There are many organisms involved in the process of pollination: wasps, butterflies, moths, flies, beetles, ants, bats and other mammals, including humans. If there were no pollinators, there would be no gardens. Here are some fascinating facts about pollination.
When Indiana-born song writer Cole Porter wrote, “Birds do it, bees do it even educated fleas do it,” he was writing about falling in love. He could just as well have been writing about pollination, because birds do it, bees do it, and even educated fleas could do it. The lyrics might even have continued for that matter, for there are many other organisms involved in the process of pollination: wasps, butterflies, moths, flies, beetles, ants, bats and other mammals, including humans. We all do it, even if unintentionally. But the most efficient of all pollinators are the bees: honeybees, bumblebees and solitary bees. Their industrious nature leads them on daily treks from flower to flower, transferring pollen amongst them as they go.
We marvel at the beauty of flowers, their intricate designs, their vast array of colors and intoxicating fragrances. Most often, though, we give no thought to their real purpose, which is to produce new plants. A flower is actually the reproductive organ of a plant and positioned within many of them are male parts, called stamens, and female parts, called pistils. For a flower to reproduce, it must be pollinated. In the simplest of explanations, pollination occurs when the pollen from the male part of the flower is transferred to the female part of the flower to produce fruit and seed, a process not far removed from the process of human reproduction.
Flowers employ two modes of pollination: self-pollination and cross pollination. Naturalist Charles Darwin spoke of self-pollination in these words, “Nature tells us, in the most emphatic way, that she abhors perpetual self-fertilization,” which over time, can reduce genetic diversity and weaken a plant to the point of extinction. Healthier plants are produced by cross pollination because this mode produces plants with greater genetic diversity and plants that are able to adapt to environmental changes. Some flowers do self-pollinate, but most depend on other organisms or natural forces to perform this work more efficiently.
Cross-pollination is virtually impossible for most flowers since they are immobile. Conversely, animals and insects are highly mobile creatures, able to search for mates and find food. The image of insects pollinating plants is familiar to us today, but millions of years ago, the process was carried out by natural means such as wind and water. Then, as the animal kingdom expanded from sea to land, a miraculous coevolution resulted. Flowers devised clever ways to accomplish cross pollination by enticing the help of mobile organisms, one way being the production of nectar. The promise of nectar lures organisms into flowers where they sip the sweet liquid. As they burrow in, they brush against strategically placed pollen, which attaches to their bodies and is then carried to other flowers as the organism searches for more nectar. This is why flowers are so varied in size, shape and fragrance: to attract just the right pollinators for the job.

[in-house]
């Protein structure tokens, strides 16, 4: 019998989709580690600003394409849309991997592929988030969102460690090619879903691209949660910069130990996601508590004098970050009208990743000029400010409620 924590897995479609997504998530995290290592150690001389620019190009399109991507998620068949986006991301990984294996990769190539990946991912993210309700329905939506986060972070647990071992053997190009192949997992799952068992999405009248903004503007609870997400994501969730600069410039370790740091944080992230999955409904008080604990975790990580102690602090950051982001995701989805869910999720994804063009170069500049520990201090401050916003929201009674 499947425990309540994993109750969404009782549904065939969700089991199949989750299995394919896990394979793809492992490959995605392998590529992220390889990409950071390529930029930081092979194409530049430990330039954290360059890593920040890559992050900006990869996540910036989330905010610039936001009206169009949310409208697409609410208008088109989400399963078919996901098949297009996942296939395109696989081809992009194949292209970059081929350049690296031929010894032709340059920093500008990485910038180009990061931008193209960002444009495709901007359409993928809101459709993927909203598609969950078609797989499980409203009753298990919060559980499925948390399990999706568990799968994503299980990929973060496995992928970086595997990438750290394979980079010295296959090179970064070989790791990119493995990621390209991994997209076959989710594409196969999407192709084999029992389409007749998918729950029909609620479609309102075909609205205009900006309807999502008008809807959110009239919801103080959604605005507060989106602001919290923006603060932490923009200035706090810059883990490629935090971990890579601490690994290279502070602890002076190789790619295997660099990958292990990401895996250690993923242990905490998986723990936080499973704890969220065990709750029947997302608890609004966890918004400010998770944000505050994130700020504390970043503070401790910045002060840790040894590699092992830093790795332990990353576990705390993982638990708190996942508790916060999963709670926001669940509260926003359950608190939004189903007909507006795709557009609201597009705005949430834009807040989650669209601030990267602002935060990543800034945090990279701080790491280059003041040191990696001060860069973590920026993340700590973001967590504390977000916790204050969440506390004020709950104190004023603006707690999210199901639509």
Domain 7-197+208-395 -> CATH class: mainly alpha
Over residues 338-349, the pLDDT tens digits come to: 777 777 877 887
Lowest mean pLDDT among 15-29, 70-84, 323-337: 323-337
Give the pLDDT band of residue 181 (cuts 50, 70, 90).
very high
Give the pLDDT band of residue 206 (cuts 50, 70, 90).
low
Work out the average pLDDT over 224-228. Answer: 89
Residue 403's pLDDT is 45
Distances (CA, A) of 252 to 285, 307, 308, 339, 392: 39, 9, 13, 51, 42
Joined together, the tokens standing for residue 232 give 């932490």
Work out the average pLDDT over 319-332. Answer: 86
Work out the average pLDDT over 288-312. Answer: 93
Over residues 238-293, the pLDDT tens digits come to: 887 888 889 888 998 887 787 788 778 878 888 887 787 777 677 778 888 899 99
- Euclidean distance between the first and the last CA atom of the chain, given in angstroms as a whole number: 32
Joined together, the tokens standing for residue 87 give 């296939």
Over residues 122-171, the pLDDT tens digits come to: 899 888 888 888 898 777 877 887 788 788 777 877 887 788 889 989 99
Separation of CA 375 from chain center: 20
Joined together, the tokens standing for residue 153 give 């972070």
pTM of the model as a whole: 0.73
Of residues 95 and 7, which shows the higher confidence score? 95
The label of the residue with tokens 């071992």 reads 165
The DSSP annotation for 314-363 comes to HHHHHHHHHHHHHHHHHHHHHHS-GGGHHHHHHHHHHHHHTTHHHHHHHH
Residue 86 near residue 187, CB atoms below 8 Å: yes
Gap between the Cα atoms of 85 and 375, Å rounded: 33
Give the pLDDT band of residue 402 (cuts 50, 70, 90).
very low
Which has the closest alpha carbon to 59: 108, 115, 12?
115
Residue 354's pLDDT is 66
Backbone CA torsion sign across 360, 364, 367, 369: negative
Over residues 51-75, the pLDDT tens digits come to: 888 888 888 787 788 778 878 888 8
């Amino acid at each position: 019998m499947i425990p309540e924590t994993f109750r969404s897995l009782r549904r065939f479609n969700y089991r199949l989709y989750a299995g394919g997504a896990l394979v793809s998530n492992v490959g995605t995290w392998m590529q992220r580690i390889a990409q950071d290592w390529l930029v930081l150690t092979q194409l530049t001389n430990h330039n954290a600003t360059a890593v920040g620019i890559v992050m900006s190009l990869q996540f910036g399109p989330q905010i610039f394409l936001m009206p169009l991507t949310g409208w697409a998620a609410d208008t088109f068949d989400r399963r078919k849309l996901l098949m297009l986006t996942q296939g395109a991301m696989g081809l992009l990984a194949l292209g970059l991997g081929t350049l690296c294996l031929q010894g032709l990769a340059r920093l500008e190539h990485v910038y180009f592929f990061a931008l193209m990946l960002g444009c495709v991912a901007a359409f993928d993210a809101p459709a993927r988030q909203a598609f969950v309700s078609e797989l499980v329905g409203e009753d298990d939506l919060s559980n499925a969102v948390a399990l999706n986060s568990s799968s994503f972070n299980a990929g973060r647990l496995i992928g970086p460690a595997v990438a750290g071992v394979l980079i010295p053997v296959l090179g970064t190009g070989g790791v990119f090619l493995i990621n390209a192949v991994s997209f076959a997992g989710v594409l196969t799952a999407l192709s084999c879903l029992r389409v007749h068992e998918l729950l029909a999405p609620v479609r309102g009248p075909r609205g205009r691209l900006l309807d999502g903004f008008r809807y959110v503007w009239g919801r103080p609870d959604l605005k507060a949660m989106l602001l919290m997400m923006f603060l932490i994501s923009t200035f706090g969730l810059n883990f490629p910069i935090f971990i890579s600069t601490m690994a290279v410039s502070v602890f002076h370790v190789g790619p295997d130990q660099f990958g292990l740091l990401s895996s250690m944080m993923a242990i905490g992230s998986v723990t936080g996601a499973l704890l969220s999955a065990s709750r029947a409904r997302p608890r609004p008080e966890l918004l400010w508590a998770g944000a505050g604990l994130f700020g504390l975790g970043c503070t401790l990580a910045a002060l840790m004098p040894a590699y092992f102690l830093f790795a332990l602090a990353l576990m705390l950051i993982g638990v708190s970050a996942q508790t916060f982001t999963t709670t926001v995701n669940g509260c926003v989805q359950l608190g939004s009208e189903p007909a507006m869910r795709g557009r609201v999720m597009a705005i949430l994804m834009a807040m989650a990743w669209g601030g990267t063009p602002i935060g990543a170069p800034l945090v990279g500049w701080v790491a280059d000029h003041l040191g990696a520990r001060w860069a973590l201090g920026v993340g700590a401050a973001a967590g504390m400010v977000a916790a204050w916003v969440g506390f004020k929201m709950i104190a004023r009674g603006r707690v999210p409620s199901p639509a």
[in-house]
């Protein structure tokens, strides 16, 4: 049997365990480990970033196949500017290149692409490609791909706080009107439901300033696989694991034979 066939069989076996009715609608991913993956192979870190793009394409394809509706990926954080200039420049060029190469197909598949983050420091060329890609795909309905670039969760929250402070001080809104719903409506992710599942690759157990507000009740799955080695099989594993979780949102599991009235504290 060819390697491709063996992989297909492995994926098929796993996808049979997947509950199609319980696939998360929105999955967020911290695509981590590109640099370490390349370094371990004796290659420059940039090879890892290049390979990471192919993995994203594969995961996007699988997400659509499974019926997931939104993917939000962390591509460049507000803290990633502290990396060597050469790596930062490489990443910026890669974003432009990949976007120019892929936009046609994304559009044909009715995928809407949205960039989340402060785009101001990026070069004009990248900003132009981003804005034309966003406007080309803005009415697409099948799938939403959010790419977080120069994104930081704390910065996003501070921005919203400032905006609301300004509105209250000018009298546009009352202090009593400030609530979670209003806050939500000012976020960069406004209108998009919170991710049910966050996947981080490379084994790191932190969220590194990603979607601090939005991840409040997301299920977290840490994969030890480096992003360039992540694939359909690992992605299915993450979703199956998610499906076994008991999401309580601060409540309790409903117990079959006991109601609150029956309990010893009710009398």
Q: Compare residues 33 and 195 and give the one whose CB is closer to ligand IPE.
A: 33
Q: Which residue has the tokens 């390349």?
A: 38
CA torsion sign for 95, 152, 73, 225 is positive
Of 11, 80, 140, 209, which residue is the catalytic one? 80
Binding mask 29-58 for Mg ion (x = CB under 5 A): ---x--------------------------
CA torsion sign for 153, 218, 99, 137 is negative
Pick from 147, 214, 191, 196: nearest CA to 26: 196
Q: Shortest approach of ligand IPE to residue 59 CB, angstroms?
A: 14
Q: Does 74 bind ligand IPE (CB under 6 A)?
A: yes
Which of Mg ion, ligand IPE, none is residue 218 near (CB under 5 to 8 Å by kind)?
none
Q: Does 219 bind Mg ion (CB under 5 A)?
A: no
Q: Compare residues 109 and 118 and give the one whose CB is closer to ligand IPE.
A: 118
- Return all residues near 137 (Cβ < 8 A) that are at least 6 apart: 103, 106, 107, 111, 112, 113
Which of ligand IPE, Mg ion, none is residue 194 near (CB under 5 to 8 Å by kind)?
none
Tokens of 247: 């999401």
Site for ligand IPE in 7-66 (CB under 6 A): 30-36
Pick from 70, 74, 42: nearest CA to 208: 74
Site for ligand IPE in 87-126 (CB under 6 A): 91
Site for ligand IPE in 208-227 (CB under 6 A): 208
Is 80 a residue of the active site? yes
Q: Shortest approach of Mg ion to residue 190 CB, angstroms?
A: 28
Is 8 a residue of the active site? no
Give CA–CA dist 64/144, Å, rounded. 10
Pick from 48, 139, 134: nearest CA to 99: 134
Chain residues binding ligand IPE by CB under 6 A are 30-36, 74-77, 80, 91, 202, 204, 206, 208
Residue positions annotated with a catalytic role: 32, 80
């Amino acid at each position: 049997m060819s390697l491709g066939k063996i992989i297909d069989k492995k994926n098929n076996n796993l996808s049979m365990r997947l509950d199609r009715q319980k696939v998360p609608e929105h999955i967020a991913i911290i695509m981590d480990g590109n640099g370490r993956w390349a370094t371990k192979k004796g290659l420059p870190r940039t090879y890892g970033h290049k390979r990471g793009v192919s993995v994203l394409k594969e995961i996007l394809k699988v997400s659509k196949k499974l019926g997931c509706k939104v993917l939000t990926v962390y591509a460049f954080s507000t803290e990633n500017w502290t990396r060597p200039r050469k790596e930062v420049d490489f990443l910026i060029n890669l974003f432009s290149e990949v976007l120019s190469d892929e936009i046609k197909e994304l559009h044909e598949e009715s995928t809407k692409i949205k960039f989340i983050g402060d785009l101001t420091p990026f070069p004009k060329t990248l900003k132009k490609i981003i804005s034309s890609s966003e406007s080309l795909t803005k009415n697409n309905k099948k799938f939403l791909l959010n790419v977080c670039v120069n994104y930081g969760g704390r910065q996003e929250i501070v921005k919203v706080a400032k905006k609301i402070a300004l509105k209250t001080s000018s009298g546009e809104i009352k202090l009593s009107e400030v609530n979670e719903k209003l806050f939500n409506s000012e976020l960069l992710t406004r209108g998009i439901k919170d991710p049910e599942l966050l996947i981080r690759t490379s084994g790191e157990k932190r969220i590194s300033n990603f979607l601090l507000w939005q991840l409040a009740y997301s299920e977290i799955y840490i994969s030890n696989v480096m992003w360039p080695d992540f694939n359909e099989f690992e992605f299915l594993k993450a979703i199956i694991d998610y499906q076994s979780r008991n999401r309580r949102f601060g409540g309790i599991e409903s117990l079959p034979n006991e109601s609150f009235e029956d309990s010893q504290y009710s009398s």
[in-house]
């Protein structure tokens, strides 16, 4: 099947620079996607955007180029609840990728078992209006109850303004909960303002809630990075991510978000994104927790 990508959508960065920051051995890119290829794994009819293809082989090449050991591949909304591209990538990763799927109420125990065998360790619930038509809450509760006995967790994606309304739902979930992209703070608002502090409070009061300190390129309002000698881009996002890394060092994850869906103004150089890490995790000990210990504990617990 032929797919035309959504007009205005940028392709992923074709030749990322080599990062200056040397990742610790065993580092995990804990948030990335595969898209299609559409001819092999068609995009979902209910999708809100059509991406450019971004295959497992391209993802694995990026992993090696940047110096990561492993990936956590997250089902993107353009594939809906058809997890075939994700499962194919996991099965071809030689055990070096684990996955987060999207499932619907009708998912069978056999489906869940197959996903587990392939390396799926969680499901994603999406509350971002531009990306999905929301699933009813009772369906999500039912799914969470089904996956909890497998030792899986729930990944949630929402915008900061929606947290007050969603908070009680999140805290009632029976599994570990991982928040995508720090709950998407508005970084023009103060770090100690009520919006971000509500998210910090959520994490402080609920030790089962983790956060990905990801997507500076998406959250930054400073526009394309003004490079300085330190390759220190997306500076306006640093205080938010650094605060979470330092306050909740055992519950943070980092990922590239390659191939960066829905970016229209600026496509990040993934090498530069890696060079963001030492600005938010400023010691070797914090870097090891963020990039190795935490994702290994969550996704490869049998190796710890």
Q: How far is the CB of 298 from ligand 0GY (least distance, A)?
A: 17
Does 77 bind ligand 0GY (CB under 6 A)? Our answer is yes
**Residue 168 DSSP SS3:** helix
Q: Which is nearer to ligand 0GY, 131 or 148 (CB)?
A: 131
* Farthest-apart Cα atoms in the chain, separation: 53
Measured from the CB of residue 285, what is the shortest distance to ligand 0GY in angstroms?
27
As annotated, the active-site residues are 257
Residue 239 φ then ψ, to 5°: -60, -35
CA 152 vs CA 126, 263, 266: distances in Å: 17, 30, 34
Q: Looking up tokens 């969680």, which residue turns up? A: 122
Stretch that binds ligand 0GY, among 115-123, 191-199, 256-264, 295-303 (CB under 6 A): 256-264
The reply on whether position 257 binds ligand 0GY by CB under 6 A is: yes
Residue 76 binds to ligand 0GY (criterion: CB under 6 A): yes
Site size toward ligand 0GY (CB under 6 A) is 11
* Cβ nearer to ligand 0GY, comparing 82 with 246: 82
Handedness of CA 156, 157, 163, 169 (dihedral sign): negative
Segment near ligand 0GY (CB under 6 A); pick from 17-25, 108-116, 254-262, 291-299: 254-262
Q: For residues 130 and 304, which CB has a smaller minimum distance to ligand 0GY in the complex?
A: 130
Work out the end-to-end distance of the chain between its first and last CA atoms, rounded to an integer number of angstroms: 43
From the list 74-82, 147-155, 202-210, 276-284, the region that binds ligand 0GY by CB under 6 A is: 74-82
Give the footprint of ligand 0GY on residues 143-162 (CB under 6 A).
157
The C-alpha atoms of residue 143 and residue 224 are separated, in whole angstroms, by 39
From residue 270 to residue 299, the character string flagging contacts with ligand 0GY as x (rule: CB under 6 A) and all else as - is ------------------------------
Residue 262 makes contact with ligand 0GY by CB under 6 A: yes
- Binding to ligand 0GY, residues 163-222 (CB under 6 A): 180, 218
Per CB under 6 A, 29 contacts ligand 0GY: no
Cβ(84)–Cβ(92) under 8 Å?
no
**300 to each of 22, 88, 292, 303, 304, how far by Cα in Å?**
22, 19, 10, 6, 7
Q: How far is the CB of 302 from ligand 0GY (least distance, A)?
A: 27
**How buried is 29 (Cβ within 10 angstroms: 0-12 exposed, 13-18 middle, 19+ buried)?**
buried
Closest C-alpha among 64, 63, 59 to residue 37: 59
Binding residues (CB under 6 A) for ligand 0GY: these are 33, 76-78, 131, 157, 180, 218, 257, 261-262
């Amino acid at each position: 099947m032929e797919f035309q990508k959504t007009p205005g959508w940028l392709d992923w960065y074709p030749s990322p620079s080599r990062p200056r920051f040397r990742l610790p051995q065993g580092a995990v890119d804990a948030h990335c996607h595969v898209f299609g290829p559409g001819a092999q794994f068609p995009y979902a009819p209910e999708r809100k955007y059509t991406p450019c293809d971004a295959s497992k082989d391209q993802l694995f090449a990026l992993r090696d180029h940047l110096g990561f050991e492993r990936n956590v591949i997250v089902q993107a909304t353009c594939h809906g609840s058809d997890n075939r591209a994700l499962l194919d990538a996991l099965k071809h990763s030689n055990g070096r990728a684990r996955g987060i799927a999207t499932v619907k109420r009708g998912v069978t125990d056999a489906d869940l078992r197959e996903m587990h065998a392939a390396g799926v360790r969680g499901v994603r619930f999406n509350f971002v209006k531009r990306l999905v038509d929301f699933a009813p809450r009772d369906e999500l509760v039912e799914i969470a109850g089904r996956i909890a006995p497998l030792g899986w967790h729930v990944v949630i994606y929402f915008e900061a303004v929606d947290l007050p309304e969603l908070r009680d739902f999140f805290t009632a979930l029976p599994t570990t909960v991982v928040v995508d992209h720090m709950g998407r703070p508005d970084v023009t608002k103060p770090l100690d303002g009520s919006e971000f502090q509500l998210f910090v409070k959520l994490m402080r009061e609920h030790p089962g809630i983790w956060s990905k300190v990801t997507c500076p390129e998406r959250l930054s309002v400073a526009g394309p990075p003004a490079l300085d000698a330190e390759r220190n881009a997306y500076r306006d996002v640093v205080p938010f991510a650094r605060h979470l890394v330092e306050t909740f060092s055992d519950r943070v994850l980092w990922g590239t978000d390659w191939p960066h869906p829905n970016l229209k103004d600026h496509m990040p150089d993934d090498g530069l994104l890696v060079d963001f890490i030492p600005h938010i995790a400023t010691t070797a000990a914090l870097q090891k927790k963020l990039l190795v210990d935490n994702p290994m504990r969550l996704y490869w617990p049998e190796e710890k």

The process of pollination is an ancient, deeply complex and fascinating system, a system so intrinsically bound to our well-being that if this system were separated from us, our existence would be threatened. Pollination makes possible the reproduction of plants. From plants, we gather armloads of nutritious produce from our gardens. We don aprons, gloves and bonnets spun or woven from plant fiber. We fill our vases with stems of cut flowers. We build benches and trellises fashioned of wood from shade-giving trees. We go about our daily lives, breathing air cleansed and filtered by plants and take pleasure in learning new ways to use plants as food, medicine, utility and craft. We need plants, and pollination ensures their plentitude.
Because pollination happens naturally and literally right under our noses, we often overlook it as a necessary element of successful gardening. Instead, we act as though birds and butterflies were created for our delight. We treat insects as nuisances and complain when wind scatters pollen and causes us to cough and sneeze. If we look beyond ourselves, the miracle of what is really happening becomes clear. These diminutive organisms and natural forces are simply playing their roles in the process of pollination.
My interest in gardening has expanded from nurturing plants to nurturing their partners in pollination. When sitting under my arbor, I hum a little Cole Porter, content just to watch them do it — pollinate, that is!
From State-by-State Gardening November/December 2012. Photos by William Robertson.